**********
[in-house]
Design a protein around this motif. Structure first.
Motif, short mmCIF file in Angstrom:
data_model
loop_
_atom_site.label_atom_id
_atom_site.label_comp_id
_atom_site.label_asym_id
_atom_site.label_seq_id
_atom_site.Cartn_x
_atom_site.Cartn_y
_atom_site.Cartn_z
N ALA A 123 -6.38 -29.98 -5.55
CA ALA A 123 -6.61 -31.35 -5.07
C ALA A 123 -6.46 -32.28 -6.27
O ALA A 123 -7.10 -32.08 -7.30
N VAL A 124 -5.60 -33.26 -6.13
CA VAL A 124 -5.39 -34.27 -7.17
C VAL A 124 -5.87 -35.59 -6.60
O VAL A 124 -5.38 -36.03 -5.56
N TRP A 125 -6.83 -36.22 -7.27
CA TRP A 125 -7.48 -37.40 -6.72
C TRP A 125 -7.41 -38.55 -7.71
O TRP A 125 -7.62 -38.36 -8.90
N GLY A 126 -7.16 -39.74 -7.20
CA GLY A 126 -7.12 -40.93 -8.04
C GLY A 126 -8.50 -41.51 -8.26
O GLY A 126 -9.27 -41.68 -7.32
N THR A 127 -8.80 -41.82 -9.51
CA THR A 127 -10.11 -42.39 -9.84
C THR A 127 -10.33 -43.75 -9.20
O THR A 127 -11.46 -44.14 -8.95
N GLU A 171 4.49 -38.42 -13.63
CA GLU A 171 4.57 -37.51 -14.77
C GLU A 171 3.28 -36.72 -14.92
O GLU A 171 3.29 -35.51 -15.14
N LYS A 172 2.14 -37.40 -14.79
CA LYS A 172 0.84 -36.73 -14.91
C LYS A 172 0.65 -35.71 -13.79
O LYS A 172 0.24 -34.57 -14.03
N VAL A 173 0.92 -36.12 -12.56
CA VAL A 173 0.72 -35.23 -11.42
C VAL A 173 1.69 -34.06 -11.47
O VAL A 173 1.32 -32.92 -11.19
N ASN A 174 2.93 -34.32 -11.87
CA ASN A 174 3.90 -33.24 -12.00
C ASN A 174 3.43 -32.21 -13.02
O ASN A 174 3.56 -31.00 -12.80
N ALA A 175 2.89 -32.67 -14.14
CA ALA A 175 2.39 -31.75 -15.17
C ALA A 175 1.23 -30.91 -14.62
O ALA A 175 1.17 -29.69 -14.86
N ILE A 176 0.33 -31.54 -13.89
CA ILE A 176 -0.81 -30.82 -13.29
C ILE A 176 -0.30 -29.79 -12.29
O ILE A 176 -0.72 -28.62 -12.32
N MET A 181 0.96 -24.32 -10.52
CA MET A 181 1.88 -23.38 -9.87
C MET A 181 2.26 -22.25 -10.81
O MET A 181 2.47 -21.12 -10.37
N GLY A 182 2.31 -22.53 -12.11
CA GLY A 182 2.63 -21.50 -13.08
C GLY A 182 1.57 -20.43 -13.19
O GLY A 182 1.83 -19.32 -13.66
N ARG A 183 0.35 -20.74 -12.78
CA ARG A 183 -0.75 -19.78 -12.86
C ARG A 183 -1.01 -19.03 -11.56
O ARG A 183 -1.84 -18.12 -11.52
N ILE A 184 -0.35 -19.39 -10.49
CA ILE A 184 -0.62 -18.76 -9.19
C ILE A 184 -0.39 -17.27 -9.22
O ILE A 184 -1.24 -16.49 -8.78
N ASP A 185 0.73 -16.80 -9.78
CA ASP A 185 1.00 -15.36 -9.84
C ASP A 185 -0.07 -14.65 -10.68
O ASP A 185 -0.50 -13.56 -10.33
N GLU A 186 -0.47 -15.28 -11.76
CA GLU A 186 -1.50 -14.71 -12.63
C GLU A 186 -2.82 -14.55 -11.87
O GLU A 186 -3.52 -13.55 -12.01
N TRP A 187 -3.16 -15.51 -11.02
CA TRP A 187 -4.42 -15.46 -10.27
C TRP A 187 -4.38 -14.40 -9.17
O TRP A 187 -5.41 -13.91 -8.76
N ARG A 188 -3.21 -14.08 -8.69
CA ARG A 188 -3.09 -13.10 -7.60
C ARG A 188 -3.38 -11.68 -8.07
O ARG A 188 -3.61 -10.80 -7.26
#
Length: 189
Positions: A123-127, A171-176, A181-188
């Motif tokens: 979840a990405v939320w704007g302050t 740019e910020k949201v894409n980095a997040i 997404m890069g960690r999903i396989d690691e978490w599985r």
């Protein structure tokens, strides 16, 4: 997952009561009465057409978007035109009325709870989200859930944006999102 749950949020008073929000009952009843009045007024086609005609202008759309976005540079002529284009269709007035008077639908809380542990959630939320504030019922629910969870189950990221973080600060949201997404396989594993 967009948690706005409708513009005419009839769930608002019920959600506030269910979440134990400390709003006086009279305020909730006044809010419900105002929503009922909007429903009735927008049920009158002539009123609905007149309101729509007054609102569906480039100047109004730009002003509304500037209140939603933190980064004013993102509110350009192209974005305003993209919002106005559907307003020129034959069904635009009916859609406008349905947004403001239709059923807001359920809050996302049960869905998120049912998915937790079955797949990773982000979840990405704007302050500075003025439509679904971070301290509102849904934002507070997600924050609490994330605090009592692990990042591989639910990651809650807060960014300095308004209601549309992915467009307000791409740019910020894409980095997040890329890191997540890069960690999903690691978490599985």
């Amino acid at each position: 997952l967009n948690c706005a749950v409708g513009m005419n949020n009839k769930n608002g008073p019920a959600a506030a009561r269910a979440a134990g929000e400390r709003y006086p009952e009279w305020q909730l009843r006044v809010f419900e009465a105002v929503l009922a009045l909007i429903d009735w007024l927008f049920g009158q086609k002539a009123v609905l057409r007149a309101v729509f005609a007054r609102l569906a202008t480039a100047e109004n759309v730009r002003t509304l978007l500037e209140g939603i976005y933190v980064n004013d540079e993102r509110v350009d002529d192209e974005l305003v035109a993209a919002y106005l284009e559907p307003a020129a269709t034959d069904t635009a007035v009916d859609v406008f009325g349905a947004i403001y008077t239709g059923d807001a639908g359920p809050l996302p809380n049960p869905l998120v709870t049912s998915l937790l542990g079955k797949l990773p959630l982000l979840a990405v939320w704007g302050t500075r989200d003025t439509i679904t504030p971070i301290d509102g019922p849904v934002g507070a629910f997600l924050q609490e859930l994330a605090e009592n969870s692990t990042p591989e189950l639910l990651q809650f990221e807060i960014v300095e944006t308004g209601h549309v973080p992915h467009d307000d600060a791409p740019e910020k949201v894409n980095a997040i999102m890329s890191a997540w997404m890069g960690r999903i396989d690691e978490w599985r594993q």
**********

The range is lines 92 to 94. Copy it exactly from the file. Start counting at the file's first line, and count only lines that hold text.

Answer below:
């Motif tokens: 979840a990405v939320w704007g302050t 740019e910020k949201v894409n980095a997040i 997404m890069g960690r999903i396989d690691e978490w599985r």
């Protein structure tokens, strides 16, 4: 997952009561009465057409978007035109009325709870989200859930944006999102 749950949020008073929000009952009843009045007024086609005609202008759309976005540079002529284009269709007035008077639908809380542990959630939320504030019922629910969870189950990221973080600060949201997404396989594993 967009948690706005409708513009005419009839769930608002019920959600506030269910979440134990400390709003006086009279305020909730006044809010419900105002929503009922909007429903009735927008049920009158002539009123609905007149309101729509007054609102569906480039100047109004730009002003509304500037209140939603933190980064004013993102509110350009192209974005305003993209919002106005559907307003020129034959069904635009009916859609406008349905947004403001239709059923807001359920809050996302049960869905998120049912998915937790079955797949990773982000979840990405704007302050500075003025439509679904971070301290509102849904934002507070997600924050609490994330605090009592692990990042591989639910990651809650807060960014300095308004209601549309992915467009307000791409740019910020894409980095997040890329890191997540890069960690999903690691978490599985």
């Amino acid at each position: 997952l967009n948690c706005a749950v409708g513009m005419n949020n009839k769930n608002g008073p019920a959600a506030a009561r269910a979440a134990g929000e400390r709003y006086p009952e009279w305020q909730l009843r006044v809010f419900e009465a105002v929503l009922a009045l909007i429903d009735w007024l927008f049920g009158q086609k002539a009123v609905l057409r007149a309101v729509f005609a007054r609102l569906a202008t480039a100047e109004n759309v730009r002003t509304l978007l500037e209140g939603i976005y933190v980064n004013d540079e993102r509110v350009d002529d192209e974005l305003v035109a993209a919002y106005l284009e559907p307003a020129a269709t034959d069904t635009a007035v009916d859609v406008f009325g349905a947004i403001y008077t239709g059923d807001a639908g359920p809050l996302p809380n049960p869905l998120v709870t049912s998915l937790l542990g079955k797949l990773p959630l982000l979840a990405v939320w704007g302050t500075r989200d003025t439509i679904t504030p971070i301290d509102g019922p849904v934002g507070a629910f997600l924050q609490e859930l994330a605090e009592n969870s692990t990042p591989e189950l639910l990651q809650f990221e807060i960014v300095e944006t308004g209601h549309v973080p992915h467009d307000d600060a791409p740019e910020k949201v894409n980095a997040i999102m890329s890191a997540w997404m890069g960690r999903i396989d690691e978490w599985r594993q």